Oh, I've always given my change to those I pass. I made a point of teaching my niece and nephew to always, always make eye contact with those on street corners, and speak if spoken to ("No, I'm sorry" if you can't give or "Good luck" when handing over coins). I believe acknowledging their humanity is important. Part of it is my Christianity. I don't write about it often, but my faith is a major influence on how I see the world, and I try to be more compassionate because I try to live as He wants me to.
But the reality of homelessness has eluded me. I worry about being unemployed, broke, and having to go to the local food pantry. I've looked into the faces of those waiting to get their allotment of groceries and it's sobering. Whenever there's a major storm, I worry about abandoned or stray cats and dogs, confused and in danger and in search of shelter. But I've never actually put myself in the place of a homeless person.
Since getting to know Napoleon, I now do. The family -- kitten Napoleon plus "parents" Randi and Caleb -- lives on what can be made panhandling. I've learned that they must raise $46 to sleep indoors in a shelter that both allows pets and has shower facilities. There are free shelters, but they often require you to check your belongings when you enter, and often those items get stolen. Or they don't allow pets, and there's no way they are going anywhere without Napoleon. Or they can't bathe. Rather than stay in one of those places, they sleep in their tent.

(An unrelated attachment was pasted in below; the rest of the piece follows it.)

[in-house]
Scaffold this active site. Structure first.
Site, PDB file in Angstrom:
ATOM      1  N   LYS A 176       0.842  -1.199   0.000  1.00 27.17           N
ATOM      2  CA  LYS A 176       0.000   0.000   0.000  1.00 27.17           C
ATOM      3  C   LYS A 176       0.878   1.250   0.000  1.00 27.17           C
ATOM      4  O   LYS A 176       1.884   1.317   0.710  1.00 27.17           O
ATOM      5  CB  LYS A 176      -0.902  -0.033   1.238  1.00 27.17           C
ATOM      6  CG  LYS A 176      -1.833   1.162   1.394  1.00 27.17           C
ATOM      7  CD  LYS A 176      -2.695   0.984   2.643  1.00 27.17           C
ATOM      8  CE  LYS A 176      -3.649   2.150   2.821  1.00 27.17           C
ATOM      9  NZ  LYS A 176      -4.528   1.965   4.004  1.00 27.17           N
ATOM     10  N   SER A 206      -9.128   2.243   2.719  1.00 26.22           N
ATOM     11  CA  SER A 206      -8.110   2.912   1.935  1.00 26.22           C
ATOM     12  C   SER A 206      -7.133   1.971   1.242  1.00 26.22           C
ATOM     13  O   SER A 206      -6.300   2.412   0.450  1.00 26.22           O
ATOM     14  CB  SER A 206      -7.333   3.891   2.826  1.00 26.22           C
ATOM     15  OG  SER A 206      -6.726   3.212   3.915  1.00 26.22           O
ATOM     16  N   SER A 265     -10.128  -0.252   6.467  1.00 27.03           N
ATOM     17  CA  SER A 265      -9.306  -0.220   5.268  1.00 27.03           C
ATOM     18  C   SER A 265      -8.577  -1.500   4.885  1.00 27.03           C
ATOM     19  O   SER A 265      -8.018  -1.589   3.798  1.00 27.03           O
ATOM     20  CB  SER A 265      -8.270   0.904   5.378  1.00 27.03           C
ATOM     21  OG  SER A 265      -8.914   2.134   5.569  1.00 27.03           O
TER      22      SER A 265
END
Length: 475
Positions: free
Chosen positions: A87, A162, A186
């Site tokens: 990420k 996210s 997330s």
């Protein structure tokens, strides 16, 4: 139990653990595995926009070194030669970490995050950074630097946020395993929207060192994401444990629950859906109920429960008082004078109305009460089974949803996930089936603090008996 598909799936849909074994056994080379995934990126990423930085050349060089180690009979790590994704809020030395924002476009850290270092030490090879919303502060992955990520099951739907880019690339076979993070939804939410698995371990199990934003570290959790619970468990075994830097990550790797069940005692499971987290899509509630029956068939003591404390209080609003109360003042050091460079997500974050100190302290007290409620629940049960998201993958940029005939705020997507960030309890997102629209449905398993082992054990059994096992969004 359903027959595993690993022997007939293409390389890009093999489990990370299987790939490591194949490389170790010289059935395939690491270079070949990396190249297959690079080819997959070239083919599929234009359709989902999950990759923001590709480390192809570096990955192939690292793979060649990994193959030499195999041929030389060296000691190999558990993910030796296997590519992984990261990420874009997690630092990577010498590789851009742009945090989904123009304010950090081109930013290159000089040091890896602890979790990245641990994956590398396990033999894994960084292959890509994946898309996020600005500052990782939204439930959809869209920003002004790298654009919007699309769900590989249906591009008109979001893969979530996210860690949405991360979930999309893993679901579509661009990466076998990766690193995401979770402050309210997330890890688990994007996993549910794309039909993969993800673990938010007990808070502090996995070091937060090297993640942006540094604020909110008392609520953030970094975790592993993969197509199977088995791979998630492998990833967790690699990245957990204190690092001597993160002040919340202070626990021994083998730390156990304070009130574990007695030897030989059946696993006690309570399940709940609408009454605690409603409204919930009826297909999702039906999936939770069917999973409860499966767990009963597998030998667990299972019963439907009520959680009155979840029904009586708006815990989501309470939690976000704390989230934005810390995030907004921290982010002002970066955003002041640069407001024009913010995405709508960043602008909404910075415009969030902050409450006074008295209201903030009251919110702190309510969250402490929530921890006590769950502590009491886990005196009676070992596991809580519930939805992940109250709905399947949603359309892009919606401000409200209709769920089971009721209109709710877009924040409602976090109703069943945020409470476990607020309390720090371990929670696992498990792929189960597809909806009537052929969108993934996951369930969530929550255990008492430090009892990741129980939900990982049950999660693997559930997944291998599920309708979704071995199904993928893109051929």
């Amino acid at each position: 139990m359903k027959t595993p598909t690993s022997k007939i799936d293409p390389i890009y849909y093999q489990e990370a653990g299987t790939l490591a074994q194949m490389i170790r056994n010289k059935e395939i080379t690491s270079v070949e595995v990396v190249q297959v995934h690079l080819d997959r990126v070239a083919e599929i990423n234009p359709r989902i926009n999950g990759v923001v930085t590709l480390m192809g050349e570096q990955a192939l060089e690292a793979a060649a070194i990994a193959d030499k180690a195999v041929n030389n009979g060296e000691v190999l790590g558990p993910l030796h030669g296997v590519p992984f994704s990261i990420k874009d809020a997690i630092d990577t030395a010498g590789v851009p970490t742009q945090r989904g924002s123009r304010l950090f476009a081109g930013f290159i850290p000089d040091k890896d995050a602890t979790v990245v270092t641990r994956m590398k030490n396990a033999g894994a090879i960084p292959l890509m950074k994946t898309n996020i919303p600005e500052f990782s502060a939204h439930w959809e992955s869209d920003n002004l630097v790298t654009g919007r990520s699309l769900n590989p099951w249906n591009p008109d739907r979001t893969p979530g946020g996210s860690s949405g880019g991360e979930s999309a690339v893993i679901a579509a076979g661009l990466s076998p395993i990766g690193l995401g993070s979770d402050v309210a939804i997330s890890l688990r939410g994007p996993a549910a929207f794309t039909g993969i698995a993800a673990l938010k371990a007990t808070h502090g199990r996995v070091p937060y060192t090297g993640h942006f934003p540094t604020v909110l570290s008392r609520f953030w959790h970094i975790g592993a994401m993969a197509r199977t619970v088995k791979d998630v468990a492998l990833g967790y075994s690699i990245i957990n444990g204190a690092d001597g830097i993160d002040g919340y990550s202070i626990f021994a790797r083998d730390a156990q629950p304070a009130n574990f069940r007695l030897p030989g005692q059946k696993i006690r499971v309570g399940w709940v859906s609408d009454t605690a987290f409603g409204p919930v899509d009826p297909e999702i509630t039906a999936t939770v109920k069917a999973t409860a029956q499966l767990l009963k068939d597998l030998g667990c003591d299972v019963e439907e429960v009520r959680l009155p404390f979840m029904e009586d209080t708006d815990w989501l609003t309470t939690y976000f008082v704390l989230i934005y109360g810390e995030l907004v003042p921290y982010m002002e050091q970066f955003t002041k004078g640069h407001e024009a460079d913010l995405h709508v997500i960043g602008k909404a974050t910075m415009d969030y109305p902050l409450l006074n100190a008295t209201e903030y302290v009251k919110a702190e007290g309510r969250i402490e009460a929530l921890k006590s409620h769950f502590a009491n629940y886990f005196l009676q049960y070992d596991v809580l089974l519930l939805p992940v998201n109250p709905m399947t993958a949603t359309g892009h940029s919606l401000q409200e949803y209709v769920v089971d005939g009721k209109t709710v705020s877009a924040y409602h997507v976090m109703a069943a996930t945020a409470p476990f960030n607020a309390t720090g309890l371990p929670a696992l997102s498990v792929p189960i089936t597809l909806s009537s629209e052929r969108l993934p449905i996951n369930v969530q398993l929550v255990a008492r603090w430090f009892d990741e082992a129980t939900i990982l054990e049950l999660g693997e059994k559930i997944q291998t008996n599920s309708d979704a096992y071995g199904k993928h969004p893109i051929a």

I'm glad that, before I left for Christmas break, I gave them a stocking that included extra socks and gloves. Just in case they need to layer, or replace the ones they wear that get wet.
I'm a better person for knowing Napoleon and his people. Let's see how this manifests itself in 2018! What will I do to become a more thoughtful person going forward?